What does the dgse and other agencies do all day?
What does the dgse and other agencies do all day?
How many people actually make calls nowadays anyway?
For personal use, I'd wager not too many.
I'm texting and/or using data most of the time when I've got my phone out.
I don't have a landline, and my personal cell gets maybe 10-15 minutes per month of calls.
My work phone, on the other hand, probably racks up a few hours a month. I telecommute a couple days a week, and while I use data for most communications I still have conference calls and other discussions. Eventually that stuff might go to VoIP or something, but we're not there yet.
And yes, I use a headset most of the time. My work cell is, ironically, a bit too small to hold comfortably for the length of a call.
Regardless of whether you think what Snowden did (and continues to do) is good or bad, he is a traitor to the country.
If you think what he did was bad, then he's a traitor to his country. If you think what he did was good, then he's a traitor to his government and a hero to his country. I think a lot of peoples' opinions on the good/bad question are going to correspond with their opinion about whether or not the country and the government are on the same side.
It does however go on to suggest that some high-intensity flickering may be detectable (by cones only and not by rods) at up to 60Hz, which is somewhat closer to OP's figure.
But arguably he can't be worse than the slate of directors who got them to where they are.
True, unless he convinces them to pull an Elop.
I've seen a dog watch TV, though she had a pretty short attention span. The best part is what she was watching and what was happening; it was perfect. It was a nature show about wolves, and there was a pack and an "outsider" wolf. I shit you not: my dog started growling at the outsider! Something about its posture, I guess.
That meme pretty much bit the dust with the advent of decent bluetooth (or even wired) headsets, or integrated vehicle sets.
If a device is too big to hold comfortably to the ear, you're pretty much an idiot (or, to be redundant, a hipster) to stand there holding it that way if there's a better solution.
At this point, the only significant difference between "tablet" and "phone" should come down to pocketability and how well you can hold it.
the Arabs didn't change or enhance anything that the Indians did
Unless you count the invention of algebra or codifying the algorithm, or any of the other great advancements in mathematics that came out of the Islamic Golden Age, of course....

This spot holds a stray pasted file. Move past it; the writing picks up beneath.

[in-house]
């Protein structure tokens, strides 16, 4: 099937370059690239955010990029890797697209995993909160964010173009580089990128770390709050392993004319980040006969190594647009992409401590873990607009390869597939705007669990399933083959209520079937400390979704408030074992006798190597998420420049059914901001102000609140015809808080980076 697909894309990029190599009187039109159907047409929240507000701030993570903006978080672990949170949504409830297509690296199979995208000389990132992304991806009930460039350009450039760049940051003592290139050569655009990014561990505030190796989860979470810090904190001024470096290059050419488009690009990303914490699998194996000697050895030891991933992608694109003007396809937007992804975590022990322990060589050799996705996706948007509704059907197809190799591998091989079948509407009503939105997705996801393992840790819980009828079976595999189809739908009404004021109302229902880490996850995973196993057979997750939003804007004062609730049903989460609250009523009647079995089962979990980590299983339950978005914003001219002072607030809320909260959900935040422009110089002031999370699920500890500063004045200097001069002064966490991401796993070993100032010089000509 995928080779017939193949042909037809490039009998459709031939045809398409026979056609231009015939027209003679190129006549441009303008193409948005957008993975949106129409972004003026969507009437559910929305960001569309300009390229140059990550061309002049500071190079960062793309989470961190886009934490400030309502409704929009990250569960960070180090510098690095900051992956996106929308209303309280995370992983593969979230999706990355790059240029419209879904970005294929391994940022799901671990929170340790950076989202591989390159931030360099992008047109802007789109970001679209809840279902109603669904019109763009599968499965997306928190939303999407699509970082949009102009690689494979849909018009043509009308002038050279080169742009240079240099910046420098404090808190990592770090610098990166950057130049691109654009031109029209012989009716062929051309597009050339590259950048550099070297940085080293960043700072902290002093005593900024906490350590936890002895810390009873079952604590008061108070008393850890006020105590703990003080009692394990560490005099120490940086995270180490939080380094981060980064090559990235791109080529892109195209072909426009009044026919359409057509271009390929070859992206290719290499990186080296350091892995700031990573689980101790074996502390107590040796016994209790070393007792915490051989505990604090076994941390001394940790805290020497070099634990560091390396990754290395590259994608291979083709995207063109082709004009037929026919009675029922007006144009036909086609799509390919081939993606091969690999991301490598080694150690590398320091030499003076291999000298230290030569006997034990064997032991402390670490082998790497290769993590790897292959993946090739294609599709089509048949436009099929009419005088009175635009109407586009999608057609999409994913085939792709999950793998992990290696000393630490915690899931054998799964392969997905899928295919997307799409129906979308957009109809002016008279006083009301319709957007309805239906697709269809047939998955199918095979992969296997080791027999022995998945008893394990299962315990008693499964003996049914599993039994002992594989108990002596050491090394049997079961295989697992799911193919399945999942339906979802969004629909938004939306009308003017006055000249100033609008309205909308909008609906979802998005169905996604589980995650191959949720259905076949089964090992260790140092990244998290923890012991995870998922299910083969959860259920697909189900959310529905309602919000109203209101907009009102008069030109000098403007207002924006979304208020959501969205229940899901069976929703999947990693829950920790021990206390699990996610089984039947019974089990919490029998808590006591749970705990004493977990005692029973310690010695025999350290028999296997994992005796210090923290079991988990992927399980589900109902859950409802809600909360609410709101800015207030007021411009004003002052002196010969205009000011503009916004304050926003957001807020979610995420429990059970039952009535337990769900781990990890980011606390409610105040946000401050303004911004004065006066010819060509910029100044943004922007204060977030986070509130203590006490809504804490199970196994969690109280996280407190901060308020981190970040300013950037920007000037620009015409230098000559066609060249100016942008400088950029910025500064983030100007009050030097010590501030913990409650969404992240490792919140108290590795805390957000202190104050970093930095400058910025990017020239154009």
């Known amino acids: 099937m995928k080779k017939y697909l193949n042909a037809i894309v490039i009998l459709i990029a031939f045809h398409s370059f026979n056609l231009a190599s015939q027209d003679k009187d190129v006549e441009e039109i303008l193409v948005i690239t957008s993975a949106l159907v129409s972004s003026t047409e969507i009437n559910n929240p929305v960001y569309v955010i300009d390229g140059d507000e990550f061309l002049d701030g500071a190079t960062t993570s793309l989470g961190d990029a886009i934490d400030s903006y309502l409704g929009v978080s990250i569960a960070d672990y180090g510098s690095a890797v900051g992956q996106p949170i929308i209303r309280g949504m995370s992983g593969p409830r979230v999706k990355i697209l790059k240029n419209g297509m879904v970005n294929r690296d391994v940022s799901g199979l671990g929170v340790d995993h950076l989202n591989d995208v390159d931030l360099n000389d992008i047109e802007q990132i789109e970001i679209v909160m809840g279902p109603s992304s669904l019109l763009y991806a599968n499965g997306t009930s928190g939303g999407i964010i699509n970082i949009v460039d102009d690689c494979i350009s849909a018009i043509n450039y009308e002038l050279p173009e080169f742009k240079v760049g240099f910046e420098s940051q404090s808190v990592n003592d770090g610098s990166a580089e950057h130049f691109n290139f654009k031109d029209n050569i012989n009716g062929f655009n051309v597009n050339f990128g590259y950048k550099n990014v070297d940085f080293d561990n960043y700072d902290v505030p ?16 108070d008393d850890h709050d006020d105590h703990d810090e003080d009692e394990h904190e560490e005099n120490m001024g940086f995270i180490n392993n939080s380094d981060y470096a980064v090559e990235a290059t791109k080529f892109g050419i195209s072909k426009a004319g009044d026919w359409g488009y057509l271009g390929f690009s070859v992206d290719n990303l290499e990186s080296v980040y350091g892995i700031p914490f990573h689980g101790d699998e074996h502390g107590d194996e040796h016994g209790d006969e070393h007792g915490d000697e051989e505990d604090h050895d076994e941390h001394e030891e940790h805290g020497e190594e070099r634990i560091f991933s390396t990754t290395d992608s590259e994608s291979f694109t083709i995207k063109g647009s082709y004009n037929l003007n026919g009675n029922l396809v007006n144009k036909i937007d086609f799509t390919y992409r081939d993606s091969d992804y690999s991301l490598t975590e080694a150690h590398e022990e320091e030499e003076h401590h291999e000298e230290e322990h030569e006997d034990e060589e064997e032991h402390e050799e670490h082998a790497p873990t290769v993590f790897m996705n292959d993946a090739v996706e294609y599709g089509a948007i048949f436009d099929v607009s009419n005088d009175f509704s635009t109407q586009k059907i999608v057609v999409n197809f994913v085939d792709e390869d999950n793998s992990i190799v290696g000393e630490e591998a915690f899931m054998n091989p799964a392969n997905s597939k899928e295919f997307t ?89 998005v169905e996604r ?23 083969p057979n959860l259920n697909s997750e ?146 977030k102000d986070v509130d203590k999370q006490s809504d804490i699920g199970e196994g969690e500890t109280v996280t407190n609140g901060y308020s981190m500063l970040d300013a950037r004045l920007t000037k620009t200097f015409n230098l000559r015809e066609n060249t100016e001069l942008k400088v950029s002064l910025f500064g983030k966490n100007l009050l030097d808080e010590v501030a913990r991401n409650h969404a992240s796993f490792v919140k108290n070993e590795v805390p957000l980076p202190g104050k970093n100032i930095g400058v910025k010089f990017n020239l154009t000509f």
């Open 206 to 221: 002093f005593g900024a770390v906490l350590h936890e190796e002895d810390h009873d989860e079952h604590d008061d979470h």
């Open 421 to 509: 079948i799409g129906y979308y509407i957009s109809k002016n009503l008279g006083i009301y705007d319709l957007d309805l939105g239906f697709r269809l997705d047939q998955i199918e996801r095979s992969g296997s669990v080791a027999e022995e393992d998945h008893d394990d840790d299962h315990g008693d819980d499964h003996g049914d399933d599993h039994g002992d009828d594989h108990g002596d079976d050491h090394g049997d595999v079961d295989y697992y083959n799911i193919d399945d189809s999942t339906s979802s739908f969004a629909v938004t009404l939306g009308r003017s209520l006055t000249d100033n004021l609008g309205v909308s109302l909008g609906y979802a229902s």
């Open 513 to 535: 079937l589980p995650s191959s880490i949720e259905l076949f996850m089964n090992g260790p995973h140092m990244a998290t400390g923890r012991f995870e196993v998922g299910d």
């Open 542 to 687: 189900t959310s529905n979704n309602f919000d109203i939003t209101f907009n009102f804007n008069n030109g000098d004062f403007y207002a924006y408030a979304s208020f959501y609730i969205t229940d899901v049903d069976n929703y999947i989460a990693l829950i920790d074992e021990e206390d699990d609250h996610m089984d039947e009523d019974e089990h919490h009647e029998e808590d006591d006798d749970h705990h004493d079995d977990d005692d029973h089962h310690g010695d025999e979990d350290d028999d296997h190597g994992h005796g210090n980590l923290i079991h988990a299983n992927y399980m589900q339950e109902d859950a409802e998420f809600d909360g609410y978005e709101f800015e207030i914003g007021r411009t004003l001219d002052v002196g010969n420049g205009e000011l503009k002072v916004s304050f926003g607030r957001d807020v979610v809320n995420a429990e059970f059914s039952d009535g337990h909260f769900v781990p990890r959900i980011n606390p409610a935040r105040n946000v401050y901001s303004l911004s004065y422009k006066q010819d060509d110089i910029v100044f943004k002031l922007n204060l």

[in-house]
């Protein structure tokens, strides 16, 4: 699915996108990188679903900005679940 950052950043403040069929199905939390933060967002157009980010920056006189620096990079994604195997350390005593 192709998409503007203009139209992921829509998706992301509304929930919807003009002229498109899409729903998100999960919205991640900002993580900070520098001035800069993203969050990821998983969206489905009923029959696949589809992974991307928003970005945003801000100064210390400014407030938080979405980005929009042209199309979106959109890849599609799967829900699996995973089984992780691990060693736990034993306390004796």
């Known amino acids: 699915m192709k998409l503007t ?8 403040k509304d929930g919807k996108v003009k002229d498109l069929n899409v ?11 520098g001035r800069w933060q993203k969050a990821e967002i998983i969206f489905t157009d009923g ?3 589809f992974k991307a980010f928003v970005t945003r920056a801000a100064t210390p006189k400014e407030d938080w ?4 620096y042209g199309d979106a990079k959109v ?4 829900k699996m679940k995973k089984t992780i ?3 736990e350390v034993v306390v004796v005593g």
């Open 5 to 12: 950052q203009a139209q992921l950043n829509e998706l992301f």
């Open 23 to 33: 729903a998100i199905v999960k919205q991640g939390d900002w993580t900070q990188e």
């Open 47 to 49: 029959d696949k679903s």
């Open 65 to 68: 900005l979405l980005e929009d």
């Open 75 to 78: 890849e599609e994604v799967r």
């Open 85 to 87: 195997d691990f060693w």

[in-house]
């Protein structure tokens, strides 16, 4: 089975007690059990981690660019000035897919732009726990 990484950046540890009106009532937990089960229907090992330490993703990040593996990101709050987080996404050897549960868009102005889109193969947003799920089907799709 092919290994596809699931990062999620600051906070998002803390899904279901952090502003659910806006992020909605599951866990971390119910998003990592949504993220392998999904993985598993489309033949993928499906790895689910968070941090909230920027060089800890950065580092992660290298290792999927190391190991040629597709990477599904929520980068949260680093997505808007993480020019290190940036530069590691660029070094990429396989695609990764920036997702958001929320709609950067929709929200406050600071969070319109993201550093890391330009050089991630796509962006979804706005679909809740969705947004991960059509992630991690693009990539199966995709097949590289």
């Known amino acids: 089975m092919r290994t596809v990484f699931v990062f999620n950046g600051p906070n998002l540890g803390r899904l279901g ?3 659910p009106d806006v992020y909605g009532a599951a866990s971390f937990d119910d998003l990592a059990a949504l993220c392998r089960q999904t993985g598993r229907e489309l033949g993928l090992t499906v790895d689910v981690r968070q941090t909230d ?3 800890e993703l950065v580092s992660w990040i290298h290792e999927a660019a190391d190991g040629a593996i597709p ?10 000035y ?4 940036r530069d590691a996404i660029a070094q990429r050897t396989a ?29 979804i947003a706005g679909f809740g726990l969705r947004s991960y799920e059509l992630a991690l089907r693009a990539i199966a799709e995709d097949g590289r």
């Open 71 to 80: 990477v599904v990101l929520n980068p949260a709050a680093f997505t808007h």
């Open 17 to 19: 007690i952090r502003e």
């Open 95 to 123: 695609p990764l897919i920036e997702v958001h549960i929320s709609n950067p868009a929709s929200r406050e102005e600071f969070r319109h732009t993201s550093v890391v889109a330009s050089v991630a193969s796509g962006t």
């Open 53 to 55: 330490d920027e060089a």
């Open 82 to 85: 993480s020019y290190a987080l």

In our defense: fuck the Boomers. We were lied to.
Wasn't that exactly what the young Boomers (who were briefly the hippies before becoming the yuppies) said to their parents (the ones who built nuclear MAD and the rest of the post-WW2 military industrial complex)?
And yet a couple generations later, not only have the Boomers been the ones to expand the system, but Obama (a Generation X) is doing the same.
It's nice to see Gen Y taking up the fight, but totalitarianism and the fight against it isn't a generational thing, is what I'm trying to say.
Says the person who uses arabic numerals instead of the more cultured roman ones.
Except, of course, that the name is somewhat of a misnomer; since they actually come from India, and are known as "Hindu numbers" in the middle east.
In theory, the auction site should blank the machines
At least here in the UK, there is no law that would require them to do so as far as I am aware. The only obligation to destroy the data rests with the data controller, who in your scenario is not even the cloud provider. The cloud provider may have undertaken to do so on behalf of the data controller, but I am uncertain if such an obligation would survive the company being declared insolvent: at such a time, recovering the maximum possible revenue for the company's creditors becomes the highest legal priority; honouring existing contracts is relegated to a distinct second place.
One (public) example where this has been carried out is where someone wiped their collection of child porn but the prosecution were able to prove the disk contained a few illegal images, enough to secure a conviction.
If this really has happened, you should be able to point to the details of the particular case. Common wisdom is that this simply does not happen any more (as the likelihood of being able to recover enough information to achieve a conviction has become much, much lower with modern disks that are much more accurate in head positioning than older disks), so I'd really like to see actual documentation of cases where such a technique has been successfully used in, say, the last 10 years.
Of course, in this case the net result is that the public has been fined Â£200,000 worth of health care.
I'm sure there has to be a better way of penalising government institutions.
Maybe they should consider firing the person who made the decision to pass on confidential data to an uncertificated contractor without performing any due diligence, or is that perhaps a little too radical?
No, but it is a motive for him to want to see criminal offenses prosecuted.
But as nobody has suggested a criminal offence of which the contractor may be guilty, it hardly seems relevant.
That's the real problem in this case - no contract. It's all all in TFA (if you can be bothered with such trivia).
Of course there's a contract: there's one described in the summary above. The contractor agreed to wipe the machines in exchange for getting them for free. There, that's a contract. Now, it may be difficult to sue him for breach on the basis that there doesn't appear to have been a *written* contract, but that's an entirely different matter from there being no contract at all.
Machines certainly can solve problems, store information, correlate, and play games -- but not with pleasure. -- Leo Rosten